Aldo Leopold (1887-1948) was an American environmentalist whose ethics of nature and wildlife preservation had a profound impact on the left wing of the environmental movement, with his biocentric or holistic ethics regarding land. He emphasized biodiversity and ecology and was a founder of the science of wildlife management.
He was a professor at the University of Wisconsin and is best known for his book A Sand County Almanac (1949), which sold over a million copies.
In the debate between Conservation and environmentalism, Leopold was a leader of environmentalism and opposed conservation.
In 1909 Leopold, a recent graduate of the Yale Forest School, was assigned to the Forest Service's District 3 in the Arizona and New Mexico territories. He was first a forest assistant at the Apache National Forest in the Arizona Territory. In 1911, he was transferred to the Carson National Forest in northern New Mexico. Leopold's career, which kept him in New Mexico until 1924, included developing the first comprehensive management plan for the Grand Canyon, writing the Forest Service's first game and fish handbook, and proposing Gila Wilderness Area, the first national wilderness area in the Forest Service system. In 1933 he became Professor of Game Management in the Agricultural Economics Department at the University of Wisconsin, Madison. He purchased eighty acres in the sand country of central Wisconsin. The once-forested region had been logged, swept by repeated fires, overgrazed by dairy cows, and left barren. There he put his theories to work in the field, and eventually authored his best-selling A Sand County Almanac (1949), which he finished just before his death.
Early on Leopold was assigned to hunt and kill bears, wolves, and mountain lions in New Mexico. Local ranchers hated these predators because of livestock losses. However, Leopold came to respect the animals. He developed an ecological ethic that replaced the earlier "colonial Judeo-Christian wilderness ethic." Rethinking the importance of predators in the balance of nature resulted in the return of bears and mountain lions to New Mexico wilderness areas.
By the early 1920s, Leopold had concluded that a particular kind of preservation should be embraced in the national forests of the American West. He was prompted to this by the rampant building of roads to accommodate the "proliferation of the automobile" and the related increasingly heavy recreational demands placed on public lands. He was the first to employ the term wilderness to describe such preservation. Over the next two decades he added ethical and scientific rationales to his defense of the wilderness concept. In one essay, he rhetorically asked "Of what avail are forty freedoms without a blank spot on the map?" Leopold saw a progress of ethical sensitivity from interpersonal relationships to relationships to society as a whole to relationships with the land, leading to a steady diminution of actions based on expediency, conquest, and self-interest. Leopold thus rejected the utilitarianism of conservationists like Gifford Pinchot and Theodore Roosevelt.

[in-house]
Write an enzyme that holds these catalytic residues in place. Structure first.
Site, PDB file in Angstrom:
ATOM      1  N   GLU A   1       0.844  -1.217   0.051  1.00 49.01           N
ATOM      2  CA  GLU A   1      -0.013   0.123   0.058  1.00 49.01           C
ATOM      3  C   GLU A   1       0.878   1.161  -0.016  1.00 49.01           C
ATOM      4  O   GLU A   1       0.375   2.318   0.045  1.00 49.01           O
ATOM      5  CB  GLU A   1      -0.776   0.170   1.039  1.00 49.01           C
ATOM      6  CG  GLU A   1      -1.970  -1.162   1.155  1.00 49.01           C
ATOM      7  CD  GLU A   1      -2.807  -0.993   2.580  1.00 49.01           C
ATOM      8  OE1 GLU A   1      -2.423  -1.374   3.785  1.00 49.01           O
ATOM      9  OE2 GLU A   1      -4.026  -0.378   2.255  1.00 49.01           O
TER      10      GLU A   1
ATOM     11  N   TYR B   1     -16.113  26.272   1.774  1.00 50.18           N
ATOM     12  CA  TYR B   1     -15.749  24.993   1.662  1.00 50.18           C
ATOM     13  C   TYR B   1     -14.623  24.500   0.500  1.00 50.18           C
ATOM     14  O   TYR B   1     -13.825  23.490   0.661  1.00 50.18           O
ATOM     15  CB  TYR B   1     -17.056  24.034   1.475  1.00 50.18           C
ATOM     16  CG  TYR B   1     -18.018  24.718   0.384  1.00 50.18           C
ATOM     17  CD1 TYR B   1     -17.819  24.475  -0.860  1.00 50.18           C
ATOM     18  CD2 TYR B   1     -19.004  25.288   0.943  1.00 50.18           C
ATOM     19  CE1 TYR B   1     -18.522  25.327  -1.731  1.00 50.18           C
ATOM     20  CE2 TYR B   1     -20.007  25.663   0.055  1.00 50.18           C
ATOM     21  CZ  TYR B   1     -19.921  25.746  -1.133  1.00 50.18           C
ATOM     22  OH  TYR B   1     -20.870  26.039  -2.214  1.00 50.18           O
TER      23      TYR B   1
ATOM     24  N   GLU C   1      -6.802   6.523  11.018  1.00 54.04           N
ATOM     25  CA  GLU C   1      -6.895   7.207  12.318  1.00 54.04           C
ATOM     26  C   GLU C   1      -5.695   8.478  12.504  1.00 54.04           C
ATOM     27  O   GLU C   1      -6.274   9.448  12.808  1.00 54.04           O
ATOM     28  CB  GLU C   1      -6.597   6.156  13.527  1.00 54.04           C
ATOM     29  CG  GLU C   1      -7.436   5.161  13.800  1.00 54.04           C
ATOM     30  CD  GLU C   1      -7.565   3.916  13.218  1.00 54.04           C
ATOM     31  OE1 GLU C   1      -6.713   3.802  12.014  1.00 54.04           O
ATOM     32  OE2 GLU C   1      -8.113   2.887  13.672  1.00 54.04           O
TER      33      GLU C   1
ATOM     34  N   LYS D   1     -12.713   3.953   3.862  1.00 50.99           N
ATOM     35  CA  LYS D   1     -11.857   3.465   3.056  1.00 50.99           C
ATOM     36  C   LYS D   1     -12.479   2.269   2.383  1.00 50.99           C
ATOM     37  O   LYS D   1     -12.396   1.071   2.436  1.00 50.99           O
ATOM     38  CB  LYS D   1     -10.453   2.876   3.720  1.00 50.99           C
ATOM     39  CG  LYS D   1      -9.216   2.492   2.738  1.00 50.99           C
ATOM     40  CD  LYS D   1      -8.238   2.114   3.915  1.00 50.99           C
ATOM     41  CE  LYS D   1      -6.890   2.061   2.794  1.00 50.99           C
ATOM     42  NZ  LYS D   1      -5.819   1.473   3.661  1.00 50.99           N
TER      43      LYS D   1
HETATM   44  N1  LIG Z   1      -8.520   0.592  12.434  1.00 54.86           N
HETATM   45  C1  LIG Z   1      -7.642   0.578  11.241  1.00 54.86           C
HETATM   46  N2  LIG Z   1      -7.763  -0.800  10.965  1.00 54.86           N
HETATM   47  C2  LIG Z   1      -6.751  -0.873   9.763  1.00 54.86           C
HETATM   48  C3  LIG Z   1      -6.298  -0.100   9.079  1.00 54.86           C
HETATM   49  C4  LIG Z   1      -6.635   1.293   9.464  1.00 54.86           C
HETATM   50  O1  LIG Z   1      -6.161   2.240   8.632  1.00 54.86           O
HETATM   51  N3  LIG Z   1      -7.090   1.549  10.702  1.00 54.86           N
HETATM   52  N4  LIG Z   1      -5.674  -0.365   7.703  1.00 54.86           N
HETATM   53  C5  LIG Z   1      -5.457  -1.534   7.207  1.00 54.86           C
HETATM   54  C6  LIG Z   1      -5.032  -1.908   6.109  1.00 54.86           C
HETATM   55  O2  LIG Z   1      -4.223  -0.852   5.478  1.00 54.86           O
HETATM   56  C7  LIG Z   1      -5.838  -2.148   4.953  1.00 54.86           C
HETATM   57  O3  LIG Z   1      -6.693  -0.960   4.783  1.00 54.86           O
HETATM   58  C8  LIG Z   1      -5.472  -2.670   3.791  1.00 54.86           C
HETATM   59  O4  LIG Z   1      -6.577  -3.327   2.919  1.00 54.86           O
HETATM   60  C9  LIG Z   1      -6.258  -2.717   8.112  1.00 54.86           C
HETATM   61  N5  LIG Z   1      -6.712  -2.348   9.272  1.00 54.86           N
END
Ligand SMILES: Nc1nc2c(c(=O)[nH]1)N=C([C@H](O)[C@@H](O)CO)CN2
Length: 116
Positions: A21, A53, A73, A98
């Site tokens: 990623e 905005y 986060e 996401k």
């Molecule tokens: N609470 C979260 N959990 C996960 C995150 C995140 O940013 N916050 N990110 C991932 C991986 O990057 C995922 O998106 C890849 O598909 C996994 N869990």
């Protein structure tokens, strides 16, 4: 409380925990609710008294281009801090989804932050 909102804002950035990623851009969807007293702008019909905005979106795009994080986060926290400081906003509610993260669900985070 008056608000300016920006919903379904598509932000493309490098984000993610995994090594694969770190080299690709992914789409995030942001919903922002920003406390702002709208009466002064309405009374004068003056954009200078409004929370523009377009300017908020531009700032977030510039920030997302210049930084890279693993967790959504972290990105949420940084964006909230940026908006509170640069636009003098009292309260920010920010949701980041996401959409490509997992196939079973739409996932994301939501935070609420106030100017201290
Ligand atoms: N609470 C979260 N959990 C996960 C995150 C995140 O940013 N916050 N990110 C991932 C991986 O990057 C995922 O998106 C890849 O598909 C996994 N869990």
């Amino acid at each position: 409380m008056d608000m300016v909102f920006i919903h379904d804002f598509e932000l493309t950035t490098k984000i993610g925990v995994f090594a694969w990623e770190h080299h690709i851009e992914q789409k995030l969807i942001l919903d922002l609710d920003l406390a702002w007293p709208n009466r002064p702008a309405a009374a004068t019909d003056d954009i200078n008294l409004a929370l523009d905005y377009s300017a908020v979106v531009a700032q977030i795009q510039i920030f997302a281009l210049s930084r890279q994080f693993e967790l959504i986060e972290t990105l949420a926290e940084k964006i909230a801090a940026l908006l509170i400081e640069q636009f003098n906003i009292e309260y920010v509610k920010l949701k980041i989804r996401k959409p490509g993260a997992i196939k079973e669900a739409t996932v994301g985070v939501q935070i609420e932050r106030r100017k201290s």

By the 1930s Leopold was the nation's foremost expert on wildlife management. He advocated the scientific management of wildlife habitats by both public and private landholders rather than a reliance on game refuges, hunting laws, and other methods intended to protect specific species of desired game. Leopold viewed view wildlife management as a technique for restoring and maintaining diversity in the environment rather than primarily as a means of producing a shootable surplus.
Wilderness also took on a new meaning; he no longer saw it as a hunting or recreational ground but as an arena for a healthy biotic community, including wolves and mountain lions. in 1935 he helped found the Wilderness Society, dedicated to expanding and protecting the nation's wilderness areas. He regarded the society as "one of the focal points of a new attitude--an intelligent humility toward man's place in nature."
- Callicott, J. Baird, ed. Companion to A Sand County Almanac: Interpretive and Critical Essays. (1987). 308 pp.
- Flader, Susan L. Thinking like a Mountain: Aldo Leopold and the Evolution of an Ecological Attitude toward Deer, Wolves, and Forests (1974)
- Flader, Susan L. The Sand Country of Aldo Leopold (1973).
- Meine, Curt. Aldo Leopold: His Life and Work (1987), the standard biography
- Nash, Roderick. Wilderness and the American Mind, (3rd ed. 1982)
- Strong, Douglas H. Dreamers & Defenders: American Conservationists. (1988) ch 6 online edition
- Tanner, Thomas, ed. Aldo Leopold: The Man and His Legacy (1987).
- Leopold, Aldo. Aldo Leopold's Wilderness: Selected Early Writings by the Author of A Sand County Almanac. ed. by David E. Brown and Neil B. Carmony, (1990). 249 pp.
- Leopold, Aldo. The River of the Mother of God and Other Essays. ed. by Susan L. Flader and J. Baird Callicott, (1991). 384 pp.
- Leopold, Aldo. Game Management (1933, reprint 1986) 481 pp.